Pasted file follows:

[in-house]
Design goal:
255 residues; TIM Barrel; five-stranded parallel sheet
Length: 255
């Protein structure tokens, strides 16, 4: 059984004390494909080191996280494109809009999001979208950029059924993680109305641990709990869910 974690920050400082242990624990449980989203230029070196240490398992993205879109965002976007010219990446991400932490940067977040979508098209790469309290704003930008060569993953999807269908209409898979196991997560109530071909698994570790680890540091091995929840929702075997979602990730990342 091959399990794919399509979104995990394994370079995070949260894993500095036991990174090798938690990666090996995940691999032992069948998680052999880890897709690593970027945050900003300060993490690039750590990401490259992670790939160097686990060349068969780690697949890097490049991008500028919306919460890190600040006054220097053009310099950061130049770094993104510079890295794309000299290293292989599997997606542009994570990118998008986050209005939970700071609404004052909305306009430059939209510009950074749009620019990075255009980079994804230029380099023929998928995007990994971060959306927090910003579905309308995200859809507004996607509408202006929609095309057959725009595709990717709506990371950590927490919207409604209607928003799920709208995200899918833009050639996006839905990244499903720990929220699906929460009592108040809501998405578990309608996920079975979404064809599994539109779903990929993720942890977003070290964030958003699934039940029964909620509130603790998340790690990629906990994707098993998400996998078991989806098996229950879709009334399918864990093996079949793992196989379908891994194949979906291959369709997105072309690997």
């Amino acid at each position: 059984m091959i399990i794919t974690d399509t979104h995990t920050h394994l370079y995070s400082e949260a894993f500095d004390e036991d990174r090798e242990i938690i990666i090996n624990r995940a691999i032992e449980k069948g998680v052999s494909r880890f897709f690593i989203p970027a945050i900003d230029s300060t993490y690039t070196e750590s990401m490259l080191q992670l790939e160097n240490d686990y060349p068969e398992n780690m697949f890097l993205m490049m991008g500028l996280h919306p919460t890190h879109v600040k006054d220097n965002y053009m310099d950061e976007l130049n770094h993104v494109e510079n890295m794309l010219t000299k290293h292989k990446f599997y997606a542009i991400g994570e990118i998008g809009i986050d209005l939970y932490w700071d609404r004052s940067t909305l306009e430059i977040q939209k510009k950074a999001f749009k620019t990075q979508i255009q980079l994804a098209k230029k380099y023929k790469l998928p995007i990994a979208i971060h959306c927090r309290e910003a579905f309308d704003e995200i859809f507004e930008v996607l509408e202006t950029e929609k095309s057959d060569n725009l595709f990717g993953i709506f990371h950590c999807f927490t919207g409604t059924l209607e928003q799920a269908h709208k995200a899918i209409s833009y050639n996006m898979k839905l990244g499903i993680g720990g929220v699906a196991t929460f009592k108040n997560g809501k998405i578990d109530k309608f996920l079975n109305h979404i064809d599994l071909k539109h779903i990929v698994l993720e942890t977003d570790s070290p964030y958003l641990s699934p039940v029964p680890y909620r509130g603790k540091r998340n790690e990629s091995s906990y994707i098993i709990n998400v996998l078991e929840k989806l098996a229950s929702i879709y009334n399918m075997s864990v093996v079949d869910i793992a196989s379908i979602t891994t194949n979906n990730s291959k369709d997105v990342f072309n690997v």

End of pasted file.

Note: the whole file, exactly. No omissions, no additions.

[in-house]
Design goal:
255 residues; TIM Barrel; five-stranded parallel sheet
Length: 255
């Protein structure tokens, strides 16, 4: 059984004390494909080191996280494109809009999001979208950029059924993680109305641990709990869910 974690920050400082242990624990449980989203230029070196240490398992993205879109965002976007010219990446991400932490940067977040979508098209790469309290704003930008060569993953999807269908209409898979196991997560109530071909698994570790680890540091091995929840929702075997979602990730990342 091959399990794919399509979104995990394994370079995070949260894993500095036991990174090798938690990666090996995940691999032992069948998680052999880890897709690593970027945050900003300060993490690039750590990401490259992670790939160097686990060349068969780690697949890097490049991008500028919306919460890190600040006054220097053009310099950061130049770094993104510079890295794309000299290293292989599997997606542009994570990118998008986050209005939970700071609404004052909305306009430059939209510009950074749009620019990075255009980079994804230029380099023929998928995007990994971060959306927090910003579905309308995200859809507004996607509408202006929609095309057959725009595709990717709506990371950590927490919207409604209607928003799920709208995200899918833009050639996006839905990244499903720990929220699906929460009592108040809501998405578990309608996920079975979404064809599994539109779903990929993720942890977003070290964030958003699934039940029964909620509130603790998340790690990629906990994707098993998400996998078991989806098996229950879709009334399918864990093996079949793992196989379908891994194949979906291959369709997105072309690997």
């Amino acid at each position: 059984m091959i399990i794919t974690d399509t979104h995990t920050h394994l370079y995070s400082e949260a894993f500095d004390e036991d990174r090798e242990i938690i990666i090996n624990r995940a691999i032992e449980k069948g998680v052999s494909r880890f897709f690593i989203p970027a945050i900003d230029s300060t993490y690039t070196e750590s990401m490259l080191q992670l790939e160097n240490d686990y060349p068969e398992n780690m697949f890097l993205m490049m991008g500028l996280h919306p919460t890190h879109v600040k006054d220097n965002y053009m310099d950061e976007l130049n770094h993104v494109e510079n890295m794309l010219t000299k290293h292989k990446f599997y997606a542009i991400g994570e990118i998008g809009i986050d209005l939970y932490w700071d609404r004052s940067t909305l306009e430059i977040q939209k510009k950074a999001f749009k620019t990075q979508i255009q980079l994804a098209k230029k380099y023929k790469l998928p995007i990994a979208i971060h959306c927090r309290e910003a579905f309308d704003e995200i859809f507004e930008v996607l509408e202006t950029e929609k095309s057959d060569n725009l595709f990717g993953i709506f990371h950590c999807f927490t919207g409604t059924l209607e928003q799920a269908h709208k995200a899918i209409s833009y050639n996006m898979k839905l990244g499903i993680g720990g929220v699906a196991t929460f009592k108040n997560g809501k998405i578990d109530k309608f996920l079975n109305h979404i064809d599994l071909k539109h779903i990929v698994l993720e942890t977003d570790s070290p964030y958003l641990s699934p039940v029964p680890y909620r509130g603790k540091r998340n790690e990629s091995s906990y994707i098993i709990n998400v996998l078991e929840k989806l098996a229950s929702i879709y009334n399918m075997s864990v093996v079949d869910i793992a196989s379908i979602t891994t194949n979906n990730s291959k369709d997105v990342f072309n690997v």